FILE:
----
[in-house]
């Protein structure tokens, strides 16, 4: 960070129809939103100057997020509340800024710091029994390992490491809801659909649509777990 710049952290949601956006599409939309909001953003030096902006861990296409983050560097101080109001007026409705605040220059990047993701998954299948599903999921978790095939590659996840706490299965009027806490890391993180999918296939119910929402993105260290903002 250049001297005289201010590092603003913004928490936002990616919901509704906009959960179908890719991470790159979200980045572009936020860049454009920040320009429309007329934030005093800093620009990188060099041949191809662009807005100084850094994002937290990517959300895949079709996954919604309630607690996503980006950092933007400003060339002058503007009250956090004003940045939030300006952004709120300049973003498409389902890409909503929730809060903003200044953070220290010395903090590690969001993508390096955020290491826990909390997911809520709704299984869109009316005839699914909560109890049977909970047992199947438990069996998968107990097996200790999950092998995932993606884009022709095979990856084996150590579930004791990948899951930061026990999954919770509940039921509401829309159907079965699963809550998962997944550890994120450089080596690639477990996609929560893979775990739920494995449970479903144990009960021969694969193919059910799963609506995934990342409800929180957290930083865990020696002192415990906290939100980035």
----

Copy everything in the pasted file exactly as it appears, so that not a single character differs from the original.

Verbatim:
[in-house]
């Protein structure tokens, strides 16, 4: 960070129809939103100057997020509340800024710091029994390992490491809801659909649509777990 710049952290949601956006599409939309909001953003030096902006861990296409983050560097101080109001007026409705605040220059990047993701998954299948599903999921978790095939590659996840706490299965009027806490890391993180999918296939119910929402993105260290903002 250049001297005289201010590092603003913004928490936002990616919901509704906009959960179908890719991470790159979200980045572009936020860049454009920040320009429309007329934030005093800093620009990188060099041949191809662009807005100084850094994002937290990517959300895949079709996954919604309630607690996503980006950092933007400003060339002058503007009250956090004003940045939030300006952004709120300049973003498409389902890409909503929730809060903003200044953070220290010395903090590690969001993508390096955020290491826990909390997911809520709704299984869109009316005839699914909560109890049977909970047992199947438990069996998968107990097996200790999950092998995932993606884009022709095979990856084996150590579930004791990948899951930061026990999954919770509940039921509401829309159907079965699963809550998962997944550890994120450089080596690639477990996609929560893979775990739920494995449970479903144990009960021969694969193919059910799963609506995934990342409800929180957290930083865990020696002192415990906290939100980035």